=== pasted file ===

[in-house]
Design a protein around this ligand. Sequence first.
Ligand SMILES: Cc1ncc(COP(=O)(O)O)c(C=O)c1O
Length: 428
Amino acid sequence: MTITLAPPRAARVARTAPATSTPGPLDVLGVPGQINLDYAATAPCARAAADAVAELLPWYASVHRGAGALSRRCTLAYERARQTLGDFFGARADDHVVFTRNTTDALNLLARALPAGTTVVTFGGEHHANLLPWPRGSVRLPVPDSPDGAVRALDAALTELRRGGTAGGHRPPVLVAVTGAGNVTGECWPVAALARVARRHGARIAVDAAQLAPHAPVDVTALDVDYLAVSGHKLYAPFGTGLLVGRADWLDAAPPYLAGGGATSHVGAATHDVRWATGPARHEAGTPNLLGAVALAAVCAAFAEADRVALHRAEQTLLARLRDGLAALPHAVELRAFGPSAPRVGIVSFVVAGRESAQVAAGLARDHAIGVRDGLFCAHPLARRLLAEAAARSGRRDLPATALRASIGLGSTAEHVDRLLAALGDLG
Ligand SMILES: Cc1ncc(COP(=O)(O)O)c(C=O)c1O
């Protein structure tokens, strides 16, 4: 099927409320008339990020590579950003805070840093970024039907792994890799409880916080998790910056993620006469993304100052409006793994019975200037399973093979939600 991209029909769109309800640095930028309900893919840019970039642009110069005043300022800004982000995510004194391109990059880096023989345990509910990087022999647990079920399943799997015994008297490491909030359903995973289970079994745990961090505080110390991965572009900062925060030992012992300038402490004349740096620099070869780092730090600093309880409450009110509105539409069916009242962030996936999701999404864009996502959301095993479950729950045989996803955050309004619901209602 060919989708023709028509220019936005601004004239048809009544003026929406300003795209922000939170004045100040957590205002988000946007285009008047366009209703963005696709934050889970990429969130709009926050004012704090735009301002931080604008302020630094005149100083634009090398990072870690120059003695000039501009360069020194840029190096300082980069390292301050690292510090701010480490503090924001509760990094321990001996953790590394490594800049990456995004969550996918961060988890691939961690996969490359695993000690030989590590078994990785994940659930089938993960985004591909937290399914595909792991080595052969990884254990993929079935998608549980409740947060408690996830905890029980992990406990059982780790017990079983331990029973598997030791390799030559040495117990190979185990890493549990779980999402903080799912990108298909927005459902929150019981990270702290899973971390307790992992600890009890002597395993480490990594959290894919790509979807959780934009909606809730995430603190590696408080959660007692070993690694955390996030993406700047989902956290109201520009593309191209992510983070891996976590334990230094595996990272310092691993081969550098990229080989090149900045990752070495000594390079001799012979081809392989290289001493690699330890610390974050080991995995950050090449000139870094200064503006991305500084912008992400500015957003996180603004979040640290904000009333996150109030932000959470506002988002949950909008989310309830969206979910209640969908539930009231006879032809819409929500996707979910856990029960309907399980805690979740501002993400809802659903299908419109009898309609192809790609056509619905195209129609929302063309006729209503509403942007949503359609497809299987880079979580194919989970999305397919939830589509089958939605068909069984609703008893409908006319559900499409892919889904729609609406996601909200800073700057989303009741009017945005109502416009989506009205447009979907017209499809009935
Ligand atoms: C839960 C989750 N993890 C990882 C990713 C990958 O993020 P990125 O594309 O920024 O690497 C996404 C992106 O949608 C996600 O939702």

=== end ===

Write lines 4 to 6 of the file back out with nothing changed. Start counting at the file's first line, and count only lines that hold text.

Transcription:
Length: 428
Amino acid sequence: MTITLAPPRAARVARTAPATSTPGPLDVLGVPGQINLDYAATAPCARAAADAVAELLPWYASVHRGAGALSRRCTLAYERARQTLGDFFGARADDHVVFTRNTTDALNLLARALPAGTTVVTFGGEHHANLLPWPRGSVRLPVPDSPDGAVRALDAALTELRRGGTAGGHRPPVLVAVTGAGNVTGECWPVAALARVARRHGARIAVDAAQLAPHAPVDVTALDVDYLAVSGHKLYAPFGTGLLVGRADWLDAAPPYLAGGGATSHVGAATHDVRWATGPARHEAGTPNLLGAVALAAVCAAFAEADRVALHRAEQTLLARLRDGLAALPHAVELRAFGPSAPRVGIVSFVVAGRESAQVAAGLARDHAIGVRDGLFCAHPLARRLLAEAAARSGRRDLPATALRASIGLGSTAEHVDRLLAALGDLG
Ligand SMILES: Cc1ncc(COP(=O)(O)O)c(C=O)c1O